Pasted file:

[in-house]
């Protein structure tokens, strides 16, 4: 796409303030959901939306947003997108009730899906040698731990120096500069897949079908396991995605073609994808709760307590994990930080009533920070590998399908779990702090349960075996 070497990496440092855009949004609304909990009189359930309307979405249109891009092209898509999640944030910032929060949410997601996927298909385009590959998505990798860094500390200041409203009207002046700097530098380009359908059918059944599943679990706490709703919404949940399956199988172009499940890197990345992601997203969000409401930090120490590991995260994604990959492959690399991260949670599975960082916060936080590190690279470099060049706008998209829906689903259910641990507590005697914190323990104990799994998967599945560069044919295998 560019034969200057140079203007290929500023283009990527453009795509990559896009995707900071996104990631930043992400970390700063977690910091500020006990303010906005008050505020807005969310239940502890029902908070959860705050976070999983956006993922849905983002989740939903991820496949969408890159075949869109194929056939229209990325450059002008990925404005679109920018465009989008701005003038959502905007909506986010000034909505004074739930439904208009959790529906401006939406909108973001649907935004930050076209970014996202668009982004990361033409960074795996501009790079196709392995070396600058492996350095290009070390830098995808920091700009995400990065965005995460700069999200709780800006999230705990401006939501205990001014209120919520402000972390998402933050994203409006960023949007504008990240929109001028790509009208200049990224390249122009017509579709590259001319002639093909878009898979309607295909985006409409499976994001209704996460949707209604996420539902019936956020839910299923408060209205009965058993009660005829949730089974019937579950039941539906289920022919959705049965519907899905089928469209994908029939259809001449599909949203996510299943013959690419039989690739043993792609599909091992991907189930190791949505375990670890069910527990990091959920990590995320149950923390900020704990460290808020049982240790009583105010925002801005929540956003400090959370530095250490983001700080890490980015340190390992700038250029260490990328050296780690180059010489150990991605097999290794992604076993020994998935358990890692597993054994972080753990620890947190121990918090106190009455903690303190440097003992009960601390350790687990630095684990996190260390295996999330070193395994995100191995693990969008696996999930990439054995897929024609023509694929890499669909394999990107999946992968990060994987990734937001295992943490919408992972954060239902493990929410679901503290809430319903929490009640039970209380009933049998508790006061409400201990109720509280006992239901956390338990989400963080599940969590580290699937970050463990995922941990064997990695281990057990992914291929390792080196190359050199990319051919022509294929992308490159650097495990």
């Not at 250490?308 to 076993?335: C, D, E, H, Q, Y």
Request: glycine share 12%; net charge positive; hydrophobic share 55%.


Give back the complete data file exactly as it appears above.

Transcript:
[in-house]
């Protein structure tokens, strides 16, 4: 796409303030959901939306947003997108009730899906040698731990120096500069897949079908396991995605073609994808709760307590994990930080009533920070590998399908779990702090349960075996 070497990496440092855009949004609304909990009189359930309307979405249109891009092209898509999640944030910032929060949410997601996927298909385009590959998505990798860094500390200041409203009207002046700097530098380009359908059918059944599943679990706490709703919404949940399956199988172009499940890197990345992601997203969000409401930090120490590991995260994604990959492959690399991260949670599975960082916060936080590190690279470099060049706008998209829906689903259910641990507590005697914190323990104990799994998967599945560069044919295998 560019034969200057140079203007290929500023283009990527453009795509990559896009995707900071996104990631930043992400970390700063977690910091500020006990303010906005008050505020807005969310239940502890029902908070959860705050976070999983956006993922849905983002989740939903991820496949969408890159075949869109194929056939229209990325450059002008990925404005679109920018465009989008701005003038959502905007909506986010000034909505004074739930439904208009959790529906401006939406909108973001649907935004930050076209970014996202668009982004990361033409960074795996501009790079196709392995070396600058492996350095290009070390830098995808920091700009995400990065965005995460700069999200709780800006999230705990401006939501205990001014209120919520402000972390998402933050994203409006960023949007504008990240929109001028790509009208200049990224390249122009017509579709590259001319002639093909878009898979309607295909985006409409499976994001209704996460949707209604996420539902019936956020839910299923408060209205009965058993009660005829949730089974019937579950039941539906289920022919959705049965519907899905089928469209994908029939259809001449599909949203996510299943013959690419039989690739043993792609599909091992991907189930190791949505375990670890069910527990990091959920990590995320149950923390900020704990460290808020049982240790009583105010925002801005929540956003400090959370530095250490983001700080890490980015340190390992700038250029260490990328050296780690180059010489150990991605097999290794992604076993020994998935358990890692597993054994972080753990620890947190121990918090106190009455903690303190440097003992009960601390350790687990630095684990996190260390295996999330070193395994995100191995693990969008696996999930990439054995897929024609023509694929890499669909394999990107999946992968990060994987990734937001295992943490919408992972954060239902493990929410679901503290809430319903929490009640039970209380009933049998508790006061409400201990109720509280006992239901956390338990989400963080599940969590580290699937970050463990995922941990064997990695281990057990992914291929390792080196190359050199990319051919022509294929992308490159650097495990």
């Not at 250490?308 to 076993?335: C, D, E, H, Q, Y």
Request: glycine share 12%; net charge positive; hydrophobic share 55%.